Julia Marsh | NY Post
The family of a man who claimed his lung-cancer death was caused by asbestos exposure was awarded $12.5 million by a Manhattan jury — despite the fact that he smoked two packs of cigarettes a day.
In a recent issue of the New Jersey Law Journal, the Editorial Board hailed the work of the U.S. District Court judge in California that quickly disposed of the headline-generating case over the amount of ice Starbucks puts in its iced coffees. Wonderful. As the Board notes, the case “comes dangerously close to warranting Rule 11 sanctions.”
What is disappointing, however, is that the Law Journal’s Editorial Board seems to think this single case, which even they admit is an outlier, is evidence that our system is working, that legal reform is not necessary, and that “courts can flag frivolous suits all on their own.”
Courts should certainly be applauded when they are able to efficiently work through their dockets, separating the wheat from the chaff, and tossing meritless claims. But even quick legal work is not cost free. Starbucks undoubtedly had to spend money fighting this case. Money which could have been spent hiring more baristas, opening additional stores, or developing new products. The court still had to spend time and taxpayer dollars dealing with a lawsuit that would have benefited no consumers, and only enriched the attorneys who brought it.
Rather than seeing meritless cases quickly dismissed, we more often see them drag on, and drag down our economy. What is happening in the Subway “Footlong” lawsuit, which was first filed in New Jersey under our state’s Consumer Fraud Act (CFA), is more representative of the treatment lawsuits that don’t pass the “laugh test” receive. Rather than being dismissed, the suit was allowed to proceed. So, Subway settled the claims against it, agreeing to pay the named plaintiffs $500 apiece and the attorneys $525,000. All the rest of us get is the death of the $5 Footlong deal and assurances that Subway will improve its quality control program. They already apportion the dough by weight, and the standardization of toppings ensures all customers get the same amount of food, so basically we all get to pay more to ensure Subway keeps doing what it already does.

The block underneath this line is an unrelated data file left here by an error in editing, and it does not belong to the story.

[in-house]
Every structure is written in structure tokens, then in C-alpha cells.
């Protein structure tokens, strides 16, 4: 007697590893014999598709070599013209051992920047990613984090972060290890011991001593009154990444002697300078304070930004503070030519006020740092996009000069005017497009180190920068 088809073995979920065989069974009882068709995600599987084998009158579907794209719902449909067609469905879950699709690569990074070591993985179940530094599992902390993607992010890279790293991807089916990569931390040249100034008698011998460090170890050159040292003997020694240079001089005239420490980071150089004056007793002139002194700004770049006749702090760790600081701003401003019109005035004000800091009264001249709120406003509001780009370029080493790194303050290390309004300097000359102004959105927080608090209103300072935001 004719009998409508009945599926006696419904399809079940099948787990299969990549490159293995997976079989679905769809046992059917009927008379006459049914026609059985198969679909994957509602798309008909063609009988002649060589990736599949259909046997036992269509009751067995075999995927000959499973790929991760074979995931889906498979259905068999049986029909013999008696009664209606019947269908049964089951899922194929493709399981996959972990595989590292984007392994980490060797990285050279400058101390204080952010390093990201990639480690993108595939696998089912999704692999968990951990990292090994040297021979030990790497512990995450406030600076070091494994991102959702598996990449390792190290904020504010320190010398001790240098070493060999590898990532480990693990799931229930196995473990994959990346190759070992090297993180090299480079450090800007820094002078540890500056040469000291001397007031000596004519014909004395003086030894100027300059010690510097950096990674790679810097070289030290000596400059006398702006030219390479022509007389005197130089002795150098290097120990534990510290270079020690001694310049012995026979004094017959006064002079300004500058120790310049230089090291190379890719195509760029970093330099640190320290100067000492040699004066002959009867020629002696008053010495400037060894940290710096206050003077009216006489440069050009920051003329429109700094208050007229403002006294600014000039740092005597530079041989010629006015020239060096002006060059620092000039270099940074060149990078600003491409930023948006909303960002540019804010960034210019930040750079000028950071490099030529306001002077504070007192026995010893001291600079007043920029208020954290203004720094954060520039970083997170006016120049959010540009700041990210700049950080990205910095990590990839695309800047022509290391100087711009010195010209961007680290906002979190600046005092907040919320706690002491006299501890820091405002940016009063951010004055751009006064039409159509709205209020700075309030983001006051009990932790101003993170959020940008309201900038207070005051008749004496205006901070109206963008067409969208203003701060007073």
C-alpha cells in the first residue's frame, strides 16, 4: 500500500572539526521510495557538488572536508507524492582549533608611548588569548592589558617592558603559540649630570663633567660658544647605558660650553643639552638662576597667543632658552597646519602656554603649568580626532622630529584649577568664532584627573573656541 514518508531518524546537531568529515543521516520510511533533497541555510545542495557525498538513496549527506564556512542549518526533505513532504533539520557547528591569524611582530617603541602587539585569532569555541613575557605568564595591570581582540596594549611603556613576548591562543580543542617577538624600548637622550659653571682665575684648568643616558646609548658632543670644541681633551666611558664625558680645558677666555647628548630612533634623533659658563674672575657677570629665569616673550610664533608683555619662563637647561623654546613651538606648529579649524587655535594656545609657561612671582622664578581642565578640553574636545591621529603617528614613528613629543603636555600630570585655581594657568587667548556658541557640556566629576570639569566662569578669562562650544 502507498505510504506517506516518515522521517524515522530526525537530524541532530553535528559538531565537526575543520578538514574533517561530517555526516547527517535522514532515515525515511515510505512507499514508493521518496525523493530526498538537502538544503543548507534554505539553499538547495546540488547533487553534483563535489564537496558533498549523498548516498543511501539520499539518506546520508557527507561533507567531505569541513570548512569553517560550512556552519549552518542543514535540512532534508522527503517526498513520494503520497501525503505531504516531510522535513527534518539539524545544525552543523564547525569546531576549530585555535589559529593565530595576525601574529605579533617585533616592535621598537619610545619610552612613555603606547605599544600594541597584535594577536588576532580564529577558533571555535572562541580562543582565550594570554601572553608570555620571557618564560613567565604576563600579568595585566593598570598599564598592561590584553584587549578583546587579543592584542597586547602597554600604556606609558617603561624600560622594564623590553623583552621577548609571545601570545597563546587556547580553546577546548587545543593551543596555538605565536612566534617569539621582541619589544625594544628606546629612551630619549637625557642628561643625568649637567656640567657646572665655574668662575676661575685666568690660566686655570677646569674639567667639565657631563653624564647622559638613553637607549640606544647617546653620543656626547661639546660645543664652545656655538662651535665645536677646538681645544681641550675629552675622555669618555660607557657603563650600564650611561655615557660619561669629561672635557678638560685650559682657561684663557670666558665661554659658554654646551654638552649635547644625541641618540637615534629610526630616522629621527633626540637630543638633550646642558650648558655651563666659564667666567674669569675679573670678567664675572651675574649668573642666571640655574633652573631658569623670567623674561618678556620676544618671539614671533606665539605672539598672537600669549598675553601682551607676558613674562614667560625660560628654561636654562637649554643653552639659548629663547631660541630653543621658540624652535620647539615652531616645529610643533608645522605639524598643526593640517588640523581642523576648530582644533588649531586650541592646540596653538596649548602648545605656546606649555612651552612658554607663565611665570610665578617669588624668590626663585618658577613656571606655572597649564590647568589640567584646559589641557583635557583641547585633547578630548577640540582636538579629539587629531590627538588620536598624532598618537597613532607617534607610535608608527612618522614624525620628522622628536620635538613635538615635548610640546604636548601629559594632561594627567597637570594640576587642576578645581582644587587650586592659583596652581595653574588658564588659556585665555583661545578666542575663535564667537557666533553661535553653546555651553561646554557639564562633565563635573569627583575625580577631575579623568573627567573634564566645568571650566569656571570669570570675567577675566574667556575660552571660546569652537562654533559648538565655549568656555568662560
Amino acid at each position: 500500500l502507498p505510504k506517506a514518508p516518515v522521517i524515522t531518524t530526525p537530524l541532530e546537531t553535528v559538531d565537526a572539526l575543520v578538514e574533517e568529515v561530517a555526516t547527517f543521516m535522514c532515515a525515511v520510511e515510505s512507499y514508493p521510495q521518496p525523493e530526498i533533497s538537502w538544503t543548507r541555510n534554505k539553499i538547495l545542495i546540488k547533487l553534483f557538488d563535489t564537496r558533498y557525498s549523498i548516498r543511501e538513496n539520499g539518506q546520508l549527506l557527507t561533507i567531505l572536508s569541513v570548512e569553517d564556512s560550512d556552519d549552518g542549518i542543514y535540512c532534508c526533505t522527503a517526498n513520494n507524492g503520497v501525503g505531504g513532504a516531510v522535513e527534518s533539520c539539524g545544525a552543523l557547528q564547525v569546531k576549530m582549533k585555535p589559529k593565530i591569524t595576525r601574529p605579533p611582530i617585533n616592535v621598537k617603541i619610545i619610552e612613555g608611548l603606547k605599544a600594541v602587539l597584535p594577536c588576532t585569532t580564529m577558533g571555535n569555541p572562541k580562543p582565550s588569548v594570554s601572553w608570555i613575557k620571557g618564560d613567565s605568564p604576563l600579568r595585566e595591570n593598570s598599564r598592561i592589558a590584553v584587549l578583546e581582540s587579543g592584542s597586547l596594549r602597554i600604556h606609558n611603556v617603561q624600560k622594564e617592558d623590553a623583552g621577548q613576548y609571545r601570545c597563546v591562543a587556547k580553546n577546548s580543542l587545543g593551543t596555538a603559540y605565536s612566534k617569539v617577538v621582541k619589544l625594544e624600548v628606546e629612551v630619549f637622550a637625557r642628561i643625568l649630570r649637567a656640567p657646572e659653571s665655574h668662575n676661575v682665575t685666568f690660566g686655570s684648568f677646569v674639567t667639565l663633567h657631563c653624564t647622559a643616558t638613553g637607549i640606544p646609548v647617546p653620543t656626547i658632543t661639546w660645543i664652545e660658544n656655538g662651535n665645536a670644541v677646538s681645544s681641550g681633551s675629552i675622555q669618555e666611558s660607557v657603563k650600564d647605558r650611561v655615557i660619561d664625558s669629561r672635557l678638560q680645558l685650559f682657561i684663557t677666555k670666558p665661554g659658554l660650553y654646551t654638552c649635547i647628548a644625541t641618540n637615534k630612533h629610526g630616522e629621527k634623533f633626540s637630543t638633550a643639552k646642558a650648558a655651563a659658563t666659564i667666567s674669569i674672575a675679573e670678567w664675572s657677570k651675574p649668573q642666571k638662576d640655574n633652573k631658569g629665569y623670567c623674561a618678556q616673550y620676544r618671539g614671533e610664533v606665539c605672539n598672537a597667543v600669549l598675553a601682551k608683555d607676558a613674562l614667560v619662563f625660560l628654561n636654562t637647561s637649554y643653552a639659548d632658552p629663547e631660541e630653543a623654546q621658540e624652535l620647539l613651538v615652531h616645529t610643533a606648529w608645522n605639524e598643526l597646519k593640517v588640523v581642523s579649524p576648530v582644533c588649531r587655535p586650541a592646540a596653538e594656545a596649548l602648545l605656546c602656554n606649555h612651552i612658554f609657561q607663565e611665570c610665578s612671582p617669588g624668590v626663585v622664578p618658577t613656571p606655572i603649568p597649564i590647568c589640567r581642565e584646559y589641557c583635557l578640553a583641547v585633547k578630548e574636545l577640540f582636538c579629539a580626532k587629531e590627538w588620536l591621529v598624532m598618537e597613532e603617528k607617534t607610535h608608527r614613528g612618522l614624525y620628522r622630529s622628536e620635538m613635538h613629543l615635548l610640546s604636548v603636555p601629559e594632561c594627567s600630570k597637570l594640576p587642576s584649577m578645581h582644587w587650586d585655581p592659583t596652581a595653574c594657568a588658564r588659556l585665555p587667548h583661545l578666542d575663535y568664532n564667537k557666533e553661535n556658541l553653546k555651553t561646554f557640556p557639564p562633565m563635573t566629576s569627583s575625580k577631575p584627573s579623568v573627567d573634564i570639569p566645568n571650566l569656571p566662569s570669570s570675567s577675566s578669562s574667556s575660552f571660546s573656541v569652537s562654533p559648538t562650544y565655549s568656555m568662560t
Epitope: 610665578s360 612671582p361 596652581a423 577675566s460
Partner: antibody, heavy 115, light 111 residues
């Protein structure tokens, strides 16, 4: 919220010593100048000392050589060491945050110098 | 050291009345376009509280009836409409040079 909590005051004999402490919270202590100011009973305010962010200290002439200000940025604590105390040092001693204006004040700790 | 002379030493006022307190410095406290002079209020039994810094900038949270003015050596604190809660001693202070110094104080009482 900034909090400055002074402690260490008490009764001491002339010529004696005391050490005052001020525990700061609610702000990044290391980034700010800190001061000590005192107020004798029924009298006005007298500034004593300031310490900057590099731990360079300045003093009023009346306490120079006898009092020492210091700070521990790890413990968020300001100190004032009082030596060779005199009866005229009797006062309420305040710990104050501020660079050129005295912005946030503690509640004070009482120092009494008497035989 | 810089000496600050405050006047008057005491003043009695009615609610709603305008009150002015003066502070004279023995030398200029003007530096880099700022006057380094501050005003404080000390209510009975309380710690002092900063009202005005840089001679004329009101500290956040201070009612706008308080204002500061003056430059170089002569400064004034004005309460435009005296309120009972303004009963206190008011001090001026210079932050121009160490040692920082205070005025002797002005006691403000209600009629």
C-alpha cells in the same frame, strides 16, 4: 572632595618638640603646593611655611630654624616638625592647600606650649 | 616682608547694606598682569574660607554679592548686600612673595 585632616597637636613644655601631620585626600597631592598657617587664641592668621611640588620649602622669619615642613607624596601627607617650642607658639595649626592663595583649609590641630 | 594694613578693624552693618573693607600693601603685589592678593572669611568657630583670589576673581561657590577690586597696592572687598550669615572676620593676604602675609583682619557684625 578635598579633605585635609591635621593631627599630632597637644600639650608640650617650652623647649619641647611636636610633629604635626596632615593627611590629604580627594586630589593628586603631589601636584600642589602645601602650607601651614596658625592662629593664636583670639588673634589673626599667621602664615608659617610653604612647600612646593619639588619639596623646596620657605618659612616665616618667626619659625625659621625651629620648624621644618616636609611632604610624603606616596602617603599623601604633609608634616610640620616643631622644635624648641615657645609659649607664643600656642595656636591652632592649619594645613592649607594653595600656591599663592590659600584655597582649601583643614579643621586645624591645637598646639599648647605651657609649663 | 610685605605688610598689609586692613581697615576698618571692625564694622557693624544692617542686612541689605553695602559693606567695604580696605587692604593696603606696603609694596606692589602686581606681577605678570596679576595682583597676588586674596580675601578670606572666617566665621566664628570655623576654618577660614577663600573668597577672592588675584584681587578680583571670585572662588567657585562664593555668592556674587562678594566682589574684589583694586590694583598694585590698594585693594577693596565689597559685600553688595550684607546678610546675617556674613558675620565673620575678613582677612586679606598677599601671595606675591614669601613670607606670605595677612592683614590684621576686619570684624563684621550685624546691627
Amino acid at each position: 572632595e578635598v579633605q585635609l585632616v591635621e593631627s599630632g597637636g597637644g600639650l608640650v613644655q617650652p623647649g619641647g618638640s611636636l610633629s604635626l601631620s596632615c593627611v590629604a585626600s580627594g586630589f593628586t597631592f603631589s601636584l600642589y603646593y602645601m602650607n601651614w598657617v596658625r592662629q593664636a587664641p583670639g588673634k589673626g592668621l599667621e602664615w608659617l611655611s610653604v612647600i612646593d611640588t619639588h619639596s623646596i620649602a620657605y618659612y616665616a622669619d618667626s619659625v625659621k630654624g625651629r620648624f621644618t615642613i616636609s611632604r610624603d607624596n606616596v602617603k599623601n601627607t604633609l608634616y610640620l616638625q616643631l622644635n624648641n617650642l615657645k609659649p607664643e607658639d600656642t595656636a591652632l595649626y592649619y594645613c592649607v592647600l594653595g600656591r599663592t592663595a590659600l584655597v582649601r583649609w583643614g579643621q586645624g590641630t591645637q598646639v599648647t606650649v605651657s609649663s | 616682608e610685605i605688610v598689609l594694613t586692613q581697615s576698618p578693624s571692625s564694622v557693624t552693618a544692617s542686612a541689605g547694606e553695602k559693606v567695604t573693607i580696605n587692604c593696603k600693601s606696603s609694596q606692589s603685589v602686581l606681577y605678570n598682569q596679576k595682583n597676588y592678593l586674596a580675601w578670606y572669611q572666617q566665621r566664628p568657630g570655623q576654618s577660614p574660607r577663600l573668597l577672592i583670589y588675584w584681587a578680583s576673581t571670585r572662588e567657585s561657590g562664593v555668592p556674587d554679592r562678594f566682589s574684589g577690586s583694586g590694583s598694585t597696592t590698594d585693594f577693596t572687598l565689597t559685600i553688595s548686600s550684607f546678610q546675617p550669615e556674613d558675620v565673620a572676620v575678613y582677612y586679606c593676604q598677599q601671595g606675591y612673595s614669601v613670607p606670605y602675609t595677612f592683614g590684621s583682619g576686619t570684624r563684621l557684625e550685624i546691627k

Wouldn’t it be great if instead of forcing our courts to waste time dealing with cases like the Starbucks iced coffee suit and the Subway sandwich suit, such lawsuits weren’t brought in the first place? Suits like these are filed because the skewed incentives of class actions encourages them, and because courts so infrequently impose sanctions, that there is little downside.
Removing the statutory incentives to sue when no one has been harmed, and only the attorney bringing the case stands to gain, is the type of legal reform we desperately need.
It is time to have a serious discussion about our legal system. Like any complex system it is not perfect and everyone, no matter what their current viewpoint, should be open to talking about ideas for improving it.
From the moment I heard Ralph Nader was opening a museum of tort law, I knew I had to go. I love visiting museums, and having worked on lawsuit reform issues for most of my post-law school career, this one really piqued my interest. So, I took a trip to the American Museum of Tort Law to see what it had to offer. What I found was a fledgling operation that needs to reevaluate either its name or its exhibits if it wants to take off. Continue reading